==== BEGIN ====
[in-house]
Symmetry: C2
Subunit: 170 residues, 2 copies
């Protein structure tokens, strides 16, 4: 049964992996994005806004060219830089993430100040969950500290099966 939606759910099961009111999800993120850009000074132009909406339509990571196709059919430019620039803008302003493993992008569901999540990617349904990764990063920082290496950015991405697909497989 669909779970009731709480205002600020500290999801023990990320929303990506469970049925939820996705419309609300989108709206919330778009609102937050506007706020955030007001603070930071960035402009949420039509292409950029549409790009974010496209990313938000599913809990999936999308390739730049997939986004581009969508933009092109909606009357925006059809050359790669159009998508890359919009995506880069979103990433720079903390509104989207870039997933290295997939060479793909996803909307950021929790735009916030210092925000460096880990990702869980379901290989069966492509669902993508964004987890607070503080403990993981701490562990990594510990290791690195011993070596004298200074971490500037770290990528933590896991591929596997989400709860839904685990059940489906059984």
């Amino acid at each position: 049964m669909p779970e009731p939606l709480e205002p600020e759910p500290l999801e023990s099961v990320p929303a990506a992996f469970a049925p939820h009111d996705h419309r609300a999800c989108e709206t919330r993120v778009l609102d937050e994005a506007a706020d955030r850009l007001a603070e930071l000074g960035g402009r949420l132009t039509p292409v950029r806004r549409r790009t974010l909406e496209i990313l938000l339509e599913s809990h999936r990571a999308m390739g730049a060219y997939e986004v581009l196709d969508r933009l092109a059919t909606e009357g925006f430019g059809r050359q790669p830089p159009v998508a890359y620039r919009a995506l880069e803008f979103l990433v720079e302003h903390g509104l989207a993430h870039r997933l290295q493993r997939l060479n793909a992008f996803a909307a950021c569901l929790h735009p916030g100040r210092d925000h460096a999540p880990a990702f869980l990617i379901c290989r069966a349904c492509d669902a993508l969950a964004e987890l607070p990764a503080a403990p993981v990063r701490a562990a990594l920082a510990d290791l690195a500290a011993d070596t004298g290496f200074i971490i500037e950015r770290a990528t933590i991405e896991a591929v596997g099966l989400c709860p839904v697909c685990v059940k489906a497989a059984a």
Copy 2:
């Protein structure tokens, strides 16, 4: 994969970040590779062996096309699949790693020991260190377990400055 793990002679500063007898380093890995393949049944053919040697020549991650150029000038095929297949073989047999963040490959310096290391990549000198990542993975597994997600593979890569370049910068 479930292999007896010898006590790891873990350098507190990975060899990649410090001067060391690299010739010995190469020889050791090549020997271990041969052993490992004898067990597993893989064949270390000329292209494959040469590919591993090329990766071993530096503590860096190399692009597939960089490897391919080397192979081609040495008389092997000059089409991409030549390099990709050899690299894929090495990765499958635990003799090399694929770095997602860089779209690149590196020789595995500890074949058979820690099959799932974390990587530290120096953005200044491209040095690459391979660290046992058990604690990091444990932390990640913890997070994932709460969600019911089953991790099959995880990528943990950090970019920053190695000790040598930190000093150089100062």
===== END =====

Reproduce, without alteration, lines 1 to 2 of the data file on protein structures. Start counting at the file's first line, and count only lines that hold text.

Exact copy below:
[in-house]
Symmetry: C2